Pam to Sunny: Sunny, can you describe the catalyst that led you down the primrose path to a life of crime writing?
Sunny to Pam: At about the age of 7, when I discovered the library and all the books, I knew I wanted to write one myself. It just seemed like a no-brainer. I loved weaving stories and I guess I thought all children thought the way I did. It wasn't until much later that I found out so many of my peers detested writing.
Pam to Sunny: It happened in the library! I should have known. Seriously, your protagonist is a detective who uses astrology. In your experience, where do most people go astray when they think of astrology?
Sunny to Pam: People confuse astrologers with psychics. Yes, there can be some overlapping, but I don't look at a person and come up with predictions out of the blue. I don't even like it when people try to make me guess their sign. I try to explain that each person has a universe inside them and many influences on their personalities. Astrology is a tool to help people get a handle on life. Sometimes the stars just aren't in your favor. I do try to offer ways to deal with trying times or make the most of good planetary line-ups. I hate it when people act like it's some sort of game. To tell you the truth, a really bad horoscope can land me in bed sick.
I'm often stunned by the accuracy of my predictions . Some people think it's pagan and against God. I, personally, feel my “gift” comes from a higher power. I'm not comfortable taking money for doing a chart, but I try to only cast horoscopes for people who are in a crisis.
There is so much to say about learning astrology and so many levels. I'm pretty basic, but further along than the average person. I went into a metaphysical bookstore in Los Angeles and saw 12 volumes of Arabic astrology. That's when you know you don't know anything!
Having said that, you have to wonder why the study of astrology has lasted through centuries. Today we don't use it to predict when kings will die and people don't have their own astrologers on the payroll, but there is still something very compelling about the practice. I'm respectful and don't overplay my charting or my skills.
Pam to Sunny: What can you tell us about the work of a real-life detective?
Sunny to Pam: Most of the work is boring. Much of it is tracking leads that go nowhere. And sometimes catching criminals is just a matter of luck. The paperwork involved is crushing and dealing with the people above you is frustrating. Workplace politics sometimes take precedence over actual work. But, cop humor is funny, weird stuff happens that the public never hears about and loyalty is key.
Pam to Sunny: How has your miliatry experience contributed to your writing career?
Sunny to Pam: My time in the Navy has affected much of my life. Law enforcement for me was simply an extension of military service. I understood rank and chain of command. I took responsibility and showed leadership. All of that goes in my books when I show my character, Christy Bristol, as a civilian dealing with the sworn officers. She may not always like the system, but she knows better than to buck it outright. Instead, she goes around the obstacles the people she works with put in front of her in order to get the cases solved.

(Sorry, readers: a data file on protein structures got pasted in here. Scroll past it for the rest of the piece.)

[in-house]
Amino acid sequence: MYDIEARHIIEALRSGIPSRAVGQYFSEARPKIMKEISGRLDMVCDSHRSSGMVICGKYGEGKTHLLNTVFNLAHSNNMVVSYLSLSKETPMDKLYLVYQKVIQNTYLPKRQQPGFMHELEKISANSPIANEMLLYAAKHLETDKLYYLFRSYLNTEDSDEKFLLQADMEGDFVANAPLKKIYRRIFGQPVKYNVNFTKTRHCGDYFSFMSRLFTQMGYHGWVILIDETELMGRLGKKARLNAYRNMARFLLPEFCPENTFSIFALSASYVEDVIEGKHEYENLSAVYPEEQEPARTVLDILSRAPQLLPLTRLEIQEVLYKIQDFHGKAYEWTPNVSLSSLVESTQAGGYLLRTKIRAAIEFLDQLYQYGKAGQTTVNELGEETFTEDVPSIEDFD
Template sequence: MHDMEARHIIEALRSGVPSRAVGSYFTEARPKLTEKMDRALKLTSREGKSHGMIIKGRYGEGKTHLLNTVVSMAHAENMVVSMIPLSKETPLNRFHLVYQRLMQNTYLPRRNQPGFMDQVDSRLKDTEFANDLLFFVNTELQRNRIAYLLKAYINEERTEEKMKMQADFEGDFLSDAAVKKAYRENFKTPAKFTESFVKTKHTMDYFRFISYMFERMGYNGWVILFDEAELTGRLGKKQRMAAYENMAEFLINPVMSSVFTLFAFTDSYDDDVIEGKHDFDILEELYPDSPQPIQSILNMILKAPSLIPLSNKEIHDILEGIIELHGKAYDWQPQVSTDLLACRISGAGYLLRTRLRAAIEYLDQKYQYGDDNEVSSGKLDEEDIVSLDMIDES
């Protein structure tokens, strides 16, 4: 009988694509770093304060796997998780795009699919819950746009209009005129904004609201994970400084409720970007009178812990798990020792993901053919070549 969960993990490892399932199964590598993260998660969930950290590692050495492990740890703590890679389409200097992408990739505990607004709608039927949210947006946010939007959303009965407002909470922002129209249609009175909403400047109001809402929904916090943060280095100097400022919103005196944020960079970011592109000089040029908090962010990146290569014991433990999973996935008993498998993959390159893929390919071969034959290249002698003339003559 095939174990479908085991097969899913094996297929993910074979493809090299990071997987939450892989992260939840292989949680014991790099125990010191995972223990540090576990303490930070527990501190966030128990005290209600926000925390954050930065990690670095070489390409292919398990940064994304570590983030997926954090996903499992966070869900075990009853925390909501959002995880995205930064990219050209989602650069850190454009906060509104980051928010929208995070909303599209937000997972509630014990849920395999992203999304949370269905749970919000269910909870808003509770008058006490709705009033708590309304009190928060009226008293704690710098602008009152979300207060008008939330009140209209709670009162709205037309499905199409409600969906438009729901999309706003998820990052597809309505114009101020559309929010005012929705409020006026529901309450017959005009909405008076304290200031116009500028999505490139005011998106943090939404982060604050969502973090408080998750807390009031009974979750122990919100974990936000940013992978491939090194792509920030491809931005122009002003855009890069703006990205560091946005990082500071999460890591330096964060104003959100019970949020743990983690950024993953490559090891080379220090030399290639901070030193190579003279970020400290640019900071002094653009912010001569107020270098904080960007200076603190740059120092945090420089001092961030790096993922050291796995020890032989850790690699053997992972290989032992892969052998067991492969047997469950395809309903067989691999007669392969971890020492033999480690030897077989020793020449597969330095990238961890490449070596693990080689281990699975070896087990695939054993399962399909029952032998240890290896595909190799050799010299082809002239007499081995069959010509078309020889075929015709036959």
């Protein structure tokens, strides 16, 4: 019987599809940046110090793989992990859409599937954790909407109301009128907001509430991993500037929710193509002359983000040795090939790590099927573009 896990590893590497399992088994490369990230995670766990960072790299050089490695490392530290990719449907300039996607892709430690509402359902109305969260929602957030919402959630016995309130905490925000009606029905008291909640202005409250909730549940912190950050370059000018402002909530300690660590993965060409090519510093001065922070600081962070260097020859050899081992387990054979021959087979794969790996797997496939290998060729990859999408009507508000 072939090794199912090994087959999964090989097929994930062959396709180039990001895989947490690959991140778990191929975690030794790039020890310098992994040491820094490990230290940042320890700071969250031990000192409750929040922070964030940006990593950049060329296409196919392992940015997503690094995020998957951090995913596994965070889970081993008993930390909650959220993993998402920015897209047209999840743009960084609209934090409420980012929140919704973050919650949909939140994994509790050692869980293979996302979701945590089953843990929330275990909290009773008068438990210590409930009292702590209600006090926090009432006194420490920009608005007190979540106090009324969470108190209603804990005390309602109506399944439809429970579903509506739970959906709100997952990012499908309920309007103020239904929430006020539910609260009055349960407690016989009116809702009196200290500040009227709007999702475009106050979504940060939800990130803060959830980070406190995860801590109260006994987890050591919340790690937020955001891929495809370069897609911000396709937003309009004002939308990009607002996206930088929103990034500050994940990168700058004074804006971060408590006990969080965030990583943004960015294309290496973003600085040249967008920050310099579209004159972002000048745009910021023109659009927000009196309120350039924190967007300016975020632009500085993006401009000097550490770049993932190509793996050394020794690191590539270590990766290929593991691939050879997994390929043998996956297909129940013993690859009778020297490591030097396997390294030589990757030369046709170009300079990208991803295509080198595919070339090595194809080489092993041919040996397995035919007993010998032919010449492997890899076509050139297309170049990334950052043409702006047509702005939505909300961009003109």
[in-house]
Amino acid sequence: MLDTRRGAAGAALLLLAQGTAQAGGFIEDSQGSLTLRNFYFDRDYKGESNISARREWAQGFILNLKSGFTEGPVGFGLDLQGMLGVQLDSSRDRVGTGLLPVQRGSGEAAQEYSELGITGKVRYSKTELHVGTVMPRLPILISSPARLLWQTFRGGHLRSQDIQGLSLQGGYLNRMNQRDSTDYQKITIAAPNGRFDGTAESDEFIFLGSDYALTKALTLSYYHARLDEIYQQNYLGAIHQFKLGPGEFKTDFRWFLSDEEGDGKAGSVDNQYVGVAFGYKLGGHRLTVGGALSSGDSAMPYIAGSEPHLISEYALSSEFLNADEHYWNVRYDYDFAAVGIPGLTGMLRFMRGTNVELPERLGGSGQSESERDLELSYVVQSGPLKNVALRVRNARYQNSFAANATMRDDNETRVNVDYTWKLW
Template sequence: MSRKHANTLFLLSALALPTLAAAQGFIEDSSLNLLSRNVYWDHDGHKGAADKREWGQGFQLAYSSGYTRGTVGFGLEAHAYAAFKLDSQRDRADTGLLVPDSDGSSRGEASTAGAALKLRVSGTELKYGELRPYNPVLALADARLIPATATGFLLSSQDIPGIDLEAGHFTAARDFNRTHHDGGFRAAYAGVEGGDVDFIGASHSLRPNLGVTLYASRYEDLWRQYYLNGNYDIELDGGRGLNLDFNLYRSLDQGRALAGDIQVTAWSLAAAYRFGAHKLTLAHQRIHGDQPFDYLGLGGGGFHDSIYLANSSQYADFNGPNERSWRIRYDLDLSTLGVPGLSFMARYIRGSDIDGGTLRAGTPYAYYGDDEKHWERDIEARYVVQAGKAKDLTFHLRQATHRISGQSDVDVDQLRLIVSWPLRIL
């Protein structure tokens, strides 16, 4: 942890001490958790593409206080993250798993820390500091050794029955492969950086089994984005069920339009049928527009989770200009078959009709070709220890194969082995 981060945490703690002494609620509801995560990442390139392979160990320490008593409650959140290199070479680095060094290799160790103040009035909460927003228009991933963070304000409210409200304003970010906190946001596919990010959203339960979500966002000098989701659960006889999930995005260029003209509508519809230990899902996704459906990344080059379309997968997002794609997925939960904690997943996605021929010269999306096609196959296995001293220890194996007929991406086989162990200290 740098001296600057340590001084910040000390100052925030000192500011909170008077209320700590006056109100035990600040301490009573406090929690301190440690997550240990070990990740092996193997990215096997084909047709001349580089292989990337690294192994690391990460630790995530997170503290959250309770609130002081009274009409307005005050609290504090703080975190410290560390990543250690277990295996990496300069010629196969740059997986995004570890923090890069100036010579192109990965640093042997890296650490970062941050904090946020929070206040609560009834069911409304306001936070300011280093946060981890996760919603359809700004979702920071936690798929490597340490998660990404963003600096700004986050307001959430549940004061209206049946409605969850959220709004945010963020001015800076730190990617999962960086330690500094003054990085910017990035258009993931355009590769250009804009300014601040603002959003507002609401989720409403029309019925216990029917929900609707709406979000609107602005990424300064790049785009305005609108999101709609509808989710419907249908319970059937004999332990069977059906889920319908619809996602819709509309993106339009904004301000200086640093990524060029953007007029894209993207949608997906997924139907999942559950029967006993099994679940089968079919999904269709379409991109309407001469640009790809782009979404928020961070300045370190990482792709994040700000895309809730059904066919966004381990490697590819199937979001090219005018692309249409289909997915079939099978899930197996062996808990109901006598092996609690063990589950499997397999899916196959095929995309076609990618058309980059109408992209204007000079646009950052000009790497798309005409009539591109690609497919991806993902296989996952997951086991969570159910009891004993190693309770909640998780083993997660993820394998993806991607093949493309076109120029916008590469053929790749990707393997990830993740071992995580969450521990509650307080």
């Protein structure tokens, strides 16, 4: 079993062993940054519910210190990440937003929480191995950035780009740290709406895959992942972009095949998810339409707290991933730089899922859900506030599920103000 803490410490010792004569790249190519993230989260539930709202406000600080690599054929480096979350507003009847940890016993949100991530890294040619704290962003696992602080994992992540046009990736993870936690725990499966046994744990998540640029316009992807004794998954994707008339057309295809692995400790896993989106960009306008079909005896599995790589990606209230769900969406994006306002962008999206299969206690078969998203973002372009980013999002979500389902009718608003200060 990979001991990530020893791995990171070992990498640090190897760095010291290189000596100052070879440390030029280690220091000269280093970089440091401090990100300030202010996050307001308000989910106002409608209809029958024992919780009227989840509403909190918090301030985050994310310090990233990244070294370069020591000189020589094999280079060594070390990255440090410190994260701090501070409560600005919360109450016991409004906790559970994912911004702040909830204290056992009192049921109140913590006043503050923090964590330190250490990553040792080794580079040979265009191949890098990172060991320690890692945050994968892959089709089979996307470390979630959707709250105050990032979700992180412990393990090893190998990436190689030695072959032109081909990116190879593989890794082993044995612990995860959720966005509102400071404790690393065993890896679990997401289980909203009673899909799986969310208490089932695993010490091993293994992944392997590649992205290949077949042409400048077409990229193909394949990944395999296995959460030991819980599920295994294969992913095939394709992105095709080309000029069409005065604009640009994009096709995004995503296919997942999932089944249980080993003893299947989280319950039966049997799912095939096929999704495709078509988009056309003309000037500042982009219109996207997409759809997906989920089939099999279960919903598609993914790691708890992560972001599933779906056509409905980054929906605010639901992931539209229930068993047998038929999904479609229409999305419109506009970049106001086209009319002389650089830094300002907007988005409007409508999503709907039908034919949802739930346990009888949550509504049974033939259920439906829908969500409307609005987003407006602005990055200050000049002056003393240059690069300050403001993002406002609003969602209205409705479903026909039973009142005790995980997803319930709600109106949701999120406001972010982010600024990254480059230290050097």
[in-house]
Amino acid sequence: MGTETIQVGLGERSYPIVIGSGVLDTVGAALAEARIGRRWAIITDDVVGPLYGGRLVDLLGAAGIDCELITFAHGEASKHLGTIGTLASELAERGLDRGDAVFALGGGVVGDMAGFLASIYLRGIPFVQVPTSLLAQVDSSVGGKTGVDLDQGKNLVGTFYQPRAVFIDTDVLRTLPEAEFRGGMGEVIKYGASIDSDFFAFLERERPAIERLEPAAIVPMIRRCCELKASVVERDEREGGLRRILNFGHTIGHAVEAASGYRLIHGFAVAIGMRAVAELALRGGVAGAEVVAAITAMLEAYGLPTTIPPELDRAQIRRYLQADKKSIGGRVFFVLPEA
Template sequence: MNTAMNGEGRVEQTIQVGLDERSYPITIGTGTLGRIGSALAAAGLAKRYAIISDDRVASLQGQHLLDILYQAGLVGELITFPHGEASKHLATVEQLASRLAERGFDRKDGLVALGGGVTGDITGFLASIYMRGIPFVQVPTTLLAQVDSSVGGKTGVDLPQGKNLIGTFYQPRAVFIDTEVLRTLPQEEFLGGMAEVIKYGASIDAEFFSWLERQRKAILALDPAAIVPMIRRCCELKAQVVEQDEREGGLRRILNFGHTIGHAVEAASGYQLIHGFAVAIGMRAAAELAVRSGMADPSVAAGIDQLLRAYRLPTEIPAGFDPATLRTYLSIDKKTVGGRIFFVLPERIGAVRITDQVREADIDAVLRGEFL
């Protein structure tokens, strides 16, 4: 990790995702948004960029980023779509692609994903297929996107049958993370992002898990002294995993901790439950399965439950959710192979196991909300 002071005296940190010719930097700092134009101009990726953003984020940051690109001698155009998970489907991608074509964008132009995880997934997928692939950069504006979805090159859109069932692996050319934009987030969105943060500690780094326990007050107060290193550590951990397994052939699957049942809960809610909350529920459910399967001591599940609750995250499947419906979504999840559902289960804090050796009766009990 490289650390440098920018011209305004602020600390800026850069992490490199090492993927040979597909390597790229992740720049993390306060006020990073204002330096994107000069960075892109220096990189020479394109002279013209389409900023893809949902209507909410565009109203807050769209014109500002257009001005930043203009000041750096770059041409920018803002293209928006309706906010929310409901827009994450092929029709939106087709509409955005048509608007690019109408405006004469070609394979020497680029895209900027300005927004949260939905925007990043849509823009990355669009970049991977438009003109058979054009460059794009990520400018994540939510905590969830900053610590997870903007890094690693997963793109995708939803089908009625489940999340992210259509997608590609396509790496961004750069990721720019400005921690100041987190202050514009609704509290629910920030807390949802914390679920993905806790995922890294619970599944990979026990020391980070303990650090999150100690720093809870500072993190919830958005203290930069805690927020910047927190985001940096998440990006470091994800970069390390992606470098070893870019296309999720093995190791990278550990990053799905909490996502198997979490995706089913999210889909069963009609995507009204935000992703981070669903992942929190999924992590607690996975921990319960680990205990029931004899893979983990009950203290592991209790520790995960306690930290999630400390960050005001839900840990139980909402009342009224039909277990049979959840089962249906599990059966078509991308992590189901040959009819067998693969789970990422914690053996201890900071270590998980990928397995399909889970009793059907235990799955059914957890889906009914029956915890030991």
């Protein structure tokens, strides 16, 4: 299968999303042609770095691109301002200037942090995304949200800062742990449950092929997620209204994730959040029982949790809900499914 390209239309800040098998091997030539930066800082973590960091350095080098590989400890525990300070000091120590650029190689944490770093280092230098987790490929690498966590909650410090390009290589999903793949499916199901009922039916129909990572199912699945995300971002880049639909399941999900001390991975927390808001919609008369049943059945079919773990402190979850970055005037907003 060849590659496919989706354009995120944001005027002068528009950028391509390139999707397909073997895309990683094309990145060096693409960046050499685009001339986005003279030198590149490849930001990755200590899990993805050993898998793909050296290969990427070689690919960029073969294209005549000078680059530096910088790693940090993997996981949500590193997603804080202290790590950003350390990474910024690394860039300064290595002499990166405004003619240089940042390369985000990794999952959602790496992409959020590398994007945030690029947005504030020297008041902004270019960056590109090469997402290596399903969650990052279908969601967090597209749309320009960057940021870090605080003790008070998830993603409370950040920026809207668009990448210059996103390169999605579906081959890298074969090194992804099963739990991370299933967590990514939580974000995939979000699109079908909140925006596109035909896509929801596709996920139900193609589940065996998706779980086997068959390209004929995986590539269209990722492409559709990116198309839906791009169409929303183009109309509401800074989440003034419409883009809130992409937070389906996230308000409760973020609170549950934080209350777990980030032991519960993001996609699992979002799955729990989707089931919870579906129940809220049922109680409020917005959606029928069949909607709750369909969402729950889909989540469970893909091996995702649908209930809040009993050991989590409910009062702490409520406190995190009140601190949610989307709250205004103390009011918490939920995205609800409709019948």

Pam to Sunny: Your alter ego Christy no doubt shares many of your personal memories. How do you bring her to life in your stories?
Sunny to Pam: I believe keeping some of my personal history in my stories makes the stories sound authentic. However, I don't indulge my ego by making it all about me or only showing my good qualities. I give my protagonist lots of flaws, weaknesses and she's often wrong about her opinions. I keep my politics out of it and, although there is a nun in the novels, it's only a counterpoint to the astrology. I'm not preaching astrology or trying to convert anyone. In fact, the horoscope often trips Christy up and messes with her head.
Sunny to Pam: We've only had one serial killer in Fresno and I was “fortunate” enough to be working at the Sheriff's Dept. when his killings occurred. I wrote about the case years later in a short story. Very chilling.
I think what fascinates the writer is not the crime itself and the details, but the inner workings of the psychology of these killers. Many of us mystery writers have moved away from “Whodunits” to “Whydunits.” My serial killer in my second book, “Where Angels Fear” acts in revenge mode against something that happened to her mother back in Vietnam during the war. The one I'm currently working on, “A Snitch In Time,” is more of a vigilante killer, and there are many suspects as the victims are considered “Undesirables” in this small town.
Sunny Frazier welcomes you to her website.